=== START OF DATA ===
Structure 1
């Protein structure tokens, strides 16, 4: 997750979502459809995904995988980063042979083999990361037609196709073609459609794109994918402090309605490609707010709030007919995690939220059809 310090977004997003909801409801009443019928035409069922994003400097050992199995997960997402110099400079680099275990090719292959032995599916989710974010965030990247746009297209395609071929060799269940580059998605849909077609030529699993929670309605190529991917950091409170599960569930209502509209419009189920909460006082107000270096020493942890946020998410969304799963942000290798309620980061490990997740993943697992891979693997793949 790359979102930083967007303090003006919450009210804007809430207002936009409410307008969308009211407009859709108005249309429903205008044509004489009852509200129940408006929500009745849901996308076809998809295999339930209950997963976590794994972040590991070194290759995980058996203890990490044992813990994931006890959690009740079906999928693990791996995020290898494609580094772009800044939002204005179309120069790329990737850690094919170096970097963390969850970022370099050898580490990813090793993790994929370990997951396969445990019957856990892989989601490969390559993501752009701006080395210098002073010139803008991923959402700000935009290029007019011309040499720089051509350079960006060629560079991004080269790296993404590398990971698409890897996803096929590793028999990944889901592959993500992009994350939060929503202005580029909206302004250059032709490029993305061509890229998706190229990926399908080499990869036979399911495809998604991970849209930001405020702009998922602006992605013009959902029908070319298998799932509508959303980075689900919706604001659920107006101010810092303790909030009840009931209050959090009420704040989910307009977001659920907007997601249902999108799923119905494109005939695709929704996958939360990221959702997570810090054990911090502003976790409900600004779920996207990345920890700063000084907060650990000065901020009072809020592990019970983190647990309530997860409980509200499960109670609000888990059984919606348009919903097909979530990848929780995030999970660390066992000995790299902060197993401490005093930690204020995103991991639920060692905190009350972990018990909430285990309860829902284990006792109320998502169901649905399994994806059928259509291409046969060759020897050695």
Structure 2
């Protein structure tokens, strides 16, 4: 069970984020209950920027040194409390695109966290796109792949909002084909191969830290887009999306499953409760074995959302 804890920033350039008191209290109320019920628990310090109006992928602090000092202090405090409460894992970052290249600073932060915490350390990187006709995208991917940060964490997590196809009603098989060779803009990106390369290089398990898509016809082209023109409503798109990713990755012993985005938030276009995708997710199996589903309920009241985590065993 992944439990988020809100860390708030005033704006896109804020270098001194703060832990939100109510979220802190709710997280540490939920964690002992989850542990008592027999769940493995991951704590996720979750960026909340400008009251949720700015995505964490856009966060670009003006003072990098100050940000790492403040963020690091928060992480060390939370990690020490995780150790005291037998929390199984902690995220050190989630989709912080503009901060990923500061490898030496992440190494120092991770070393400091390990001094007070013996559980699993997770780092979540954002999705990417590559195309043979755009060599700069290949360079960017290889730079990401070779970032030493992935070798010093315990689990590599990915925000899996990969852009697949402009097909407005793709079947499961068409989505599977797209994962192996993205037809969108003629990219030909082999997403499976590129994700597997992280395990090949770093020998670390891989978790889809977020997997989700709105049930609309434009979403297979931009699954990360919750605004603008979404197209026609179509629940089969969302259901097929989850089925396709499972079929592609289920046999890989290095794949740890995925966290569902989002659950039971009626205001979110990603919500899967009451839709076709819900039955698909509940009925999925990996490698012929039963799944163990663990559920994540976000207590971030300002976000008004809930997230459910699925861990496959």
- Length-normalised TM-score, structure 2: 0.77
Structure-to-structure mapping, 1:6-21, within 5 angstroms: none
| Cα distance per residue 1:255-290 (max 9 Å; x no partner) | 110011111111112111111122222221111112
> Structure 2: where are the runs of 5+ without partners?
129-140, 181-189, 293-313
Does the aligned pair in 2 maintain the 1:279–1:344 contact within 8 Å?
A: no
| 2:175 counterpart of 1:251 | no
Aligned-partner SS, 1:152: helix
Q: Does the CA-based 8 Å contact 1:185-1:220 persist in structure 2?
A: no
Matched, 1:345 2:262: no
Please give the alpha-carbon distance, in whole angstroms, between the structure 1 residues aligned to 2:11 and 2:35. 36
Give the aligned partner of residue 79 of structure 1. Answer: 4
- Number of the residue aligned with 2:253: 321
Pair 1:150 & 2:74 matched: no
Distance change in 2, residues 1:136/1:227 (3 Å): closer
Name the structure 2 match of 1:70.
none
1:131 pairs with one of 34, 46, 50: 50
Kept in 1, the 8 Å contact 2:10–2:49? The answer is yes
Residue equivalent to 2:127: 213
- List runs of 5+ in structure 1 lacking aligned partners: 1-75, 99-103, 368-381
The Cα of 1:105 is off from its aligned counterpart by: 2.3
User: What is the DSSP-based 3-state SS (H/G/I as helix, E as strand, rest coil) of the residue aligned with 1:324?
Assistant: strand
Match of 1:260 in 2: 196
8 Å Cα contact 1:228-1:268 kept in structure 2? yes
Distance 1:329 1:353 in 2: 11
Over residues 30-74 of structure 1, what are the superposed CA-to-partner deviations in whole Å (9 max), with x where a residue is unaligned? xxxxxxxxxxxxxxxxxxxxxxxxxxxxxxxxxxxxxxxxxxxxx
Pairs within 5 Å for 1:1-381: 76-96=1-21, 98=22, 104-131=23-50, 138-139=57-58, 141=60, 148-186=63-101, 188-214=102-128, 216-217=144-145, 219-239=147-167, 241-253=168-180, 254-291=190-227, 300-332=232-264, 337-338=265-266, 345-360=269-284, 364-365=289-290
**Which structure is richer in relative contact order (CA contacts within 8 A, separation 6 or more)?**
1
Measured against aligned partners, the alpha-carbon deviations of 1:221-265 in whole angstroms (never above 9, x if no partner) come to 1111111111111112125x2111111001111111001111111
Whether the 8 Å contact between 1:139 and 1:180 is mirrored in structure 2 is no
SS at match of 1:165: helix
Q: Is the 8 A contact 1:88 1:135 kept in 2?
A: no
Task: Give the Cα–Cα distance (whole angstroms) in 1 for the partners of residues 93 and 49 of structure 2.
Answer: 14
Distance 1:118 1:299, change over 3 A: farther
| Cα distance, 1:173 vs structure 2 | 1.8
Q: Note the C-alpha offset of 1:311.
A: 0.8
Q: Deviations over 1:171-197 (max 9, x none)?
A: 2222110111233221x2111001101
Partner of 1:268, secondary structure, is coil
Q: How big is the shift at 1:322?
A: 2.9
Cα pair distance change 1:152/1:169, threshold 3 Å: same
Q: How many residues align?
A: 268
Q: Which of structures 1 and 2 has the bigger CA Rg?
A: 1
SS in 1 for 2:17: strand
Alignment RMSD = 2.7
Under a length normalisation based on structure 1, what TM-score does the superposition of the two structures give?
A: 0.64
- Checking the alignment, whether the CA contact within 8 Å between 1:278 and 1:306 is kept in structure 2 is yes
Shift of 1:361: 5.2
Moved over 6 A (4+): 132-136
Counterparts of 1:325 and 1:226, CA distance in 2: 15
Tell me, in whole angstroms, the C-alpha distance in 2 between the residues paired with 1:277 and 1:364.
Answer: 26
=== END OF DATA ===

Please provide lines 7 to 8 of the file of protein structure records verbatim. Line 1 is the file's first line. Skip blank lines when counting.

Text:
| Cα distance per residue 1:255-290 (max 9 Å; x no partner) | 110011111111112111111122222221111112
> Structure 2: where are the runs of 5+ without partners?